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Seventy men stood on the steps of Columbus City Hall last October to publicly take a stand against domestic violence. Event organizers hope to at least double that number this year.
The Domestic Violence Action Team is partnering with Turning Point Domestic Violence Services for the second annual “Men Take a Stand,” 12:10 to 12:50 p.m. today in front of Columbus City Hall.
“It’s important for our citizens in Columbus to know that there are responsible men who will take a stand against violence and will report it,” said Columbus Police Department Lt. Mike Ward, who also is a member of the Domestic Violence Action Team.
Men Take a Stand marks the beginning of Domestic Violence Awareness Month with activities to highlight the need for community support for victims and agencies that provide services and support.
If you go
WHAT: Second annual “Men Take a Stand” event with men encouraged to attend and publicly support work to decrease domestic violence in the community. Event also will include short talks by male community leaders a high school student.
WHEN: 12:10 to 12:50 p.m. today in front of Columbus City Hall, 123 Washington St.
ORGANIZER: Domestic Violence Action Team, a Reach Healthy Communities initiative, in partnership with Turning Point Domestic Violence Services.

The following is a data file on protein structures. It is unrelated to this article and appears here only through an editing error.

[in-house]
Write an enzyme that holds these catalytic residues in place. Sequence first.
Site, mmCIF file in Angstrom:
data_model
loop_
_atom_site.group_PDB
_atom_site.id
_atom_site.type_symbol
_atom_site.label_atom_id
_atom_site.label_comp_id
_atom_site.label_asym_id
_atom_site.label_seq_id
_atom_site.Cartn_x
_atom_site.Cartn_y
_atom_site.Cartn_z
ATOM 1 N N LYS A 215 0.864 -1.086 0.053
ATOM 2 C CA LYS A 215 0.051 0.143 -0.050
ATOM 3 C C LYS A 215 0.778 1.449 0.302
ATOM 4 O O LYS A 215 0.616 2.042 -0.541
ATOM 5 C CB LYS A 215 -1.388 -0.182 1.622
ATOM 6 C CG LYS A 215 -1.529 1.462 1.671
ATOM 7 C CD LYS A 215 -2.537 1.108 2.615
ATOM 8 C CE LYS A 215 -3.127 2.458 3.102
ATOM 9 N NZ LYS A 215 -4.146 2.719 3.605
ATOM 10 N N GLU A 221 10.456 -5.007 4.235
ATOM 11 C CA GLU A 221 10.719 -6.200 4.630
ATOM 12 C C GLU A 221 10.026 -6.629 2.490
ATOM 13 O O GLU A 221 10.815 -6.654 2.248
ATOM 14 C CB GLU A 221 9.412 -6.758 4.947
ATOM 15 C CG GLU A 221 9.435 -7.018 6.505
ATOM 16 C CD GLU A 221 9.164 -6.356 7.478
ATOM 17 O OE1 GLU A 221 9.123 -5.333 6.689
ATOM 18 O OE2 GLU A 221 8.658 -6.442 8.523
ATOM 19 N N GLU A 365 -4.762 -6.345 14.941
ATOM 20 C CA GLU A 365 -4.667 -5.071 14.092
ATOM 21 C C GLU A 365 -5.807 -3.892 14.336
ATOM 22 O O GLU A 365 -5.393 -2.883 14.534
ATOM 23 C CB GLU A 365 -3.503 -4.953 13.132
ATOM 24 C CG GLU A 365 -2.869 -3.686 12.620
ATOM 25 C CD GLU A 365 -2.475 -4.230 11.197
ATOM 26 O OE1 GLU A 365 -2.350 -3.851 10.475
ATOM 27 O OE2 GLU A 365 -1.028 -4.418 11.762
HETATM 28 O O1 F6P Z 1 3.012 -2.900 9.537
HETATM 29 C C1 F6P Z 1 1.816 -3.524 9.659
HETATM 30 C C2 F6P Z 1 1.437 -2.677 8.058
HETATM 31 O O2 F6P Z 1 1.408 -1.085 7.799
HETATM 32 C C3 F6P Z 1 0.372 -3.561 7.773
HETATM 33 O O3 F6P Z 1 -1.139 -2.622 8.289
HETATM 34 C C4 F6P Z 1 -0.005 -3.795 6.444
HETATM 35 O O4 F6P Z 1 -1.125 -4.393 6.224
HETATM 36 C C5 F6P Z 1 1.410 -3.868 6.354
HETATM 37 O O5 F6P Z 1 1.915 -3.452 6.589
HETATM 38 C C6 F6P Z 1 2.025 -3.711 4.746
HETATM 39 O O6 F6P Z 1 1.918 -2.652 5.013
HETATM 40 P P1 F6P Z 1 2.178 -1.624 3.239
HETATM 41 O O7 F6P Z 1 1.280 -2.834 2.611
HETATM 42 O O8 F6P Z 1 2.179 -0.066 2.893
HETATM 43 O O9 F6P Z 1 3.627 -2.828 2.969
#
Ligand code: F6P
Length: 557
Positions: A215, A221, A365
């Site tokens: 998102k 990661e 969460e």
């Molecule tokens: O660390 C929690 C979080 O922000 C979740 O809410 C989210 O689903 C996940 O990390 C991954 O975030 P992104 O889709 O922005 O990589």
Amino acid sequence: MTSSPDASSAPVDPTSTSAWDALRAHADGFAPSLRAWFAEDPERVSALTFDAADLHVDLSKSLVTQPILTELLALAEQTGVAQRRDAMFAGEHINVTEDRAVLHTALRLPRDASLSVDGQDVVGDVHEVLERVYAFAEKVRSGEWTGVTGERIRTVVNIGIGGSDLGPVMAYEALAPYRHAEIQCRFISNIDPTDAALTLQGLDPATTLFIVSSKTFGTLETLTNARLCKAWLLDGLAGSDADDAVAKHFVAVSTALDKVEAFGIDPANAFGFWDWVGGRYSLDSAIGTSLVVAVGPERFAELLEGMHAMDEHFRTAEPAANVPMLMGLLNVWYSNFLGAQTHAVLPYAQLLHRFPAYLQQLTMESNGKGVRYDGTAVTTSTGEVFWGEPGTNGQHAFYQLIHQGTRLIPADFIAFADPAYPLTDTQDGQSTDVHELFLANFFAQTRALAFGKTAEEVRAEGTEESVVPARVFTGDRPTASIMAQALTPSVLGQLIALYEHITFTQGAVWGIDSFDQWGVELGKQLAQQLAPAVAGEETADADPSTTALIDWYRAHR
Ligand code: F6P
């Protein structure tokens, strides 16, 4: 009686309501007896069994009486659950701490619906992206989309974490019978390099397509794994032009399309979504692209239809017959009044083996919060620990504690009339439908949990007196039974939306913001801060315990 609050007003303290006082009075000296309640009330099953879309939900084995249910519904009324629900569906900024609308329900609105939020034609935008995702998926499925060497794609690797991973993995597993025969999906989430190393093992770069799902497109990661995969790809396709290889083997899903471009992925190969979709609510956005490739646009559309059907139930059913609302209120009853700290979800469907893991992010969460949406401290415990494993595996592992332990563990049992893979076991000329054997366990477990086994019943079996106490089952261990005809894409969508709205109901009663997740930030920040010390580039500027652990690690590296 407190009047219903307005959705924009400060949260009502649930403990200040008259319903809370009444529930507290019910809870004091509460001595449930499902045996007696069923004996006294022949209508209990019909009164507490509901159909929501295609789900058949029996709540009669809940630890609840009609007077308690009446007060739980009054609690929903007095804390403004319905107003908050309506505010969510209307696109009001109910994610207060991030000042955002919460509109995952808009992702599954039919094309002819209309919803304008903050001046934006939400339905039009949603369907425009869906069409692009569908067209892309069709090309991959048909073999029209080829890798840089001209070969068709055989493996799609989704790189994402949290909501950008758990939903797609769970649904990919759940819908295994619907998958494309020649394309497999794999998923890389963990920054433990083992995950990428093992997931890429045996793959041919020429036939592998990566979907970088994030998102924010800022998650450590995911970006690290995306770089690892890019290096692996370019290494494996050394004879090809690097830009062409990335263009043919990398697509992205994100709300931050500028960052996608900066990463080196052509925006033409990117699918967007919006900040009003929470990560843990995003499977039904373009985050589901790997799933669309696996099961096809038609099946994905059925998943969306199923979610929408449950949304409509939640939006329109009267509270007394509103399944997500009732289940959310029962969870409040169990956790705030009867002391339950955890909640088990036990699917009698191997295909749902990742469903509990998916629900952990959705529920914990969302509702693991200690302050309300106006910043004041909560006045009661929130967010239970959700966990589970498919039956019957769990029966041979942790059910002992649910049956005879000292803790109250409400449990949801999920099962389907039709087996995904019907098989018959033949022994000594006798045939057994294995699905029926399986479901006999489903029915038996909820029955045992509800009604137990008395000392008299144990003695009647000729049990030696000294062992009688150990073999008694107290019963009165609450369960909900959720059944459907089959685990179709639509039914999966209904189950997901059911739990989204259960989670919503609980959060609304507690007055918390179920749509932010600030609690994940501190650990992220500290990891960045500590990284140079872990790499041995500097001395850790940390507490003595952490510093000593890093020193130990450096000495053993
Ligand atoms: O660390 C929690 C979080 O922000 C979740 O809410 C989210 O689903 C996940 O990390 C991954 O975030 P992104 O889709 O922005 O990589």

TURNING POINT: Serves Bartholomew and seven other counties, providing emergency shelter, education, prevention services, victim and community outreach, legal advocacy program, sexual assault services and children’s programs.
CRISIS HELP: Victims of domestic violence can call 379-9844 or 800-221-6311.
Ward said today’s noontime event offers a chance for men to take a short break from their day to send a message that violence will not be tolerated.
“We try to emphasize to not turn a blind eye if something is going on,” Ward said. “Early intervention can help. We can put them in contact with Turning Point.”
Ward said he understands the thought of police intervention or seeking outside
assistance can be frightening for victims, but the alternative can be even worse.
“It is highly emotionally charged, but we come in as a calming agent and try to connect people with services,” Ward said. “It’s our duty to protect people from any physical or emotional harm.”
Kelly Benjamin, also a member of the Domestic Violence Action Team, said Men Take a Stand also recognizes that violence is not just about women, and it crosses all socioeconomic lines.
“It’s really a public health issue that can affect family, friends and co-workers,” Benjamin said.
“We need to understand and acknowledge the problem.”
She said today’s event can show that the community cares and does not accept violence. Benjamin added that women who attend can show their support for the men who are willing to take a stand.
Lisa Shafran, president of Turning Point, said events such as today’s program can help break the cycle of violence.
“This is a huge opportunity to raise awareness and show what resources are out there to help,” Shafran said.
“Engaging men is an important part of the process, and we have many strong men in our community who are willing stand up and show their support.”
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